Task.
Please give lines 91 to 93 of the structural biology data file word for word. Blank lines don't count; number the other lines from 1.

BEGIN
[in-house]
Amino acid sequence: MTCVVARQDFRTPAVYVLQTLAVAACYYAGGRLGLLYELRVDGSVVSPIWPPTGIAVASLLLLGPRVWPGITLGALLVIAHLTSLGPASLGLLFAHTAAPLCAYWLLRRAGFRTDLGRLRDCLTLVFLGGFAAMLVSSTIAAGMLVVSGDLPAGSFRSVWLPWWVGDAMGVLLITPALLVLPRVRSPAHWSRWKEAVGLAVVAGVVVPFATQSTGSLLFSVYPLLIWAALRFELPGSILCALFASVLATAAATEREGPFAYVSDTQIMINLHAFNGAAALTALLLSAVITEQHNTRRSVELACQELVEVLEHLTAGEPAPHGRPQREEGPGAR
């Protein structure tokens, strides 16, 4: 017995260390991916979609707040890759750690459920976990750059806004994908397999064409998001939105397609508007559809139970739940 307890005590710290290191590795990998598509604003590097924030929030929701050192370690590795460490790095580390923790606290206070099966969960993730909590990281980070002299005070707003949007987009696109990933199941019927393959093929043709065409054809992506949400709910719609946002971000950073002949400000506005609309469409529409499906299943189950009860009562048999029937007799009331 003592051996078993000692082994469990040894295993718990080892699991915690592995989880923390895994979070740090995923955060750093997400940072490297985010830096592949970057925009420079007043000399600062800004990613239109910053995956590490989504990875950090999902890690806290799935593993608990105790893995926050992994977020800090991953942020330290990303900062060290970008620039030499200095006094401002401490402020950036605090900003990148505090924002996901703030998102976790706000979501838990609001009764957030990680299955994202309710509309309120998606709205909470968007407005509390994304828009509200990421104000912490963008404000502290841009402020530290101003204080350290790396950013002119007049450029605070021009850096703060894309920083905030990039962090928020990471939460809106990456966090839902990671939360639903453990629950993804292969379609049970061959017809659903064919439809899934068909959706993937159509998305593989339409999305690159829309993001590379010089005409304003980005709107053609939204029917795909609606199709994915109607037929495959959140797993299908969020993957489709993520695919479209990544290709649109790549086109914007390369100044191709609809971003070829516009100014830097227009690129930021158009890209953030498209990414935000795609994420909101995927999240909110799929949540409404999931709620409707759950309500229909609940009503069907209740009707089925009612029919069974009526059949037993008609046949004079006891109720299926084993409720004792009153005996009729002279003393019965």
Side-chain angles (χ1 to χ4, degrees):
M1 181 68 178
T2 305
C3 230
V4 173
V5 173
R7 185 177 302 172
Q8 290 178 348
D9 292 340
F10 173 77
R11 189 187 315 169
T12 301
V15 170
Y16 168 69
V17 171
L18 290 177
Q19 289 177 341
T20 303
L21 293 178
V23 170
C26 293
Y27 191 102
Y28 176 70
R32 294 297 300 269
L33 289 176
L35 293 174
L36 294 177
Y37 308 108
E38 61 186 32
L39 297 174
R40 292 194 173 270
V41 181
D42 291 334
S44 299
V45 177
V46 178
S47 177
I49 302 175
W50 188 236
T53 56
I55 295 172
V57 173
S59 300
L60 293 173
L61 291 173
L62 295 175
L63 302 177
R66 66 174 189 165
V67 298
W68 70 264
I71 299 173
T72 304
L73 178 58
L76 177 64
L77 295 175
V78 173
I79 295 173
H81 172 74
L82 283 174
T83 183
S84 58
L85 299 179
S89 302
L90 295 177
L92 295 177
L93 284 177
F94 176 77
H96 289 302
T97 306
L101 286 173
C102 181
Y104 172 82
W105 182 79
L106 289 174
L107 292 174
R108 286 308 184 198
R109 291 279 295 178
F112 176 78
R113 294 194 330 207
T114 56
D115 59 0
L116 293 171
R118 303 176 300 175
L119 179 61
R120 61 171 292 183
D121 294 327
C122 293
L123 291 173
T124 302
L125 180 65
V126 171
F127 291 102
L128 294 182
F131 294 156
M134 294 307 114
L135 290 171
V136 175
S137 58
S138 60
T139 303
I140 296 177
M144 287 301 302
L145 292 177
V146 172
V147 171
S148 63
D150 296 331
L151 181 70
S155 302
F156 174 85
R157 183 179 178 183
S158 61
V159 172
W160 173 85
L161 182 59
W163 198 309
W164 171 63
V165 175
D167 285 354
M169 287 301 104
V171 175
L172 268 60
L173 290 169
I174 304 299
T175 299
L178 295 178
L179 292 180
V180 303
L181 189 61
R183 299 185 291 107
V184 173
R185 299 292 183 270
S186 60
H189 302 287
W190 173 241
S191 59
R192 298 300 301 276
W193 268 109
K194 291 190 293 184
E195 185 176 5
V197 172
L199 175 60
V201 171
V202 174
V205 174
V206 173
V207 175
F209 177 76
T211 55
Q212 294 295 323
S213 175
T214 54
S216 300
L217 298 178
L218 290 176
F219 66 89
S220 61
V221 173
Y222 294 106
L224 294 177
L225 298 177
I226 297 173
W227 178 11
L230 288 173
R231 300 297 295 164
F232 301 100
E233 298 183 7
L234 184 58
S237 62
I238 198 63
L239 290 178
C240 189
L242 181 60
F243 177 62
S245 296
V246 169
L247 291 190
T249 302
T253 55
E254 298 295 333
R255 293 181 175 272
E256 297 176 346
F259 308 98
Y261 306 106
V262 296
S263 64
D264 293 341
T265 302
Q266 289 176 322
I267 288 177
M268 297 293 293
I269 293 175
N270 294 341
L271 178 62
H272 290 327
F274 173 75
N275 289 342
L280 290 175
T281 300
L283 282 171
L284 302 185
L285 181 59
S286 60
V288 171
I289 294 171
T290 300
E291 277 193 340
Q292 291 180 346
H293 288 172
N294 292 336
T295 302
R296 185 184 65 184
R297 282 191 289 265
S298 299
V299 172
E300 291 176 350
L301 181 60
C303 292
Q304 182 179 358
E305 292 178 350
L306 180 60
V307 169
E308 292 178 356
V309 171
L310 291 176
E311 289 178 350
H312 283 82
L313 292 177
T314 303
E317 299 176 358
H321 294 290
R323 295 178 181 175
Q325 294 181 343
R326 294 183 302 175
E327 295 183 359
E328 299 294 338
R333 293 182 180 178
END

L123 291 173
T124 302
L125 180 65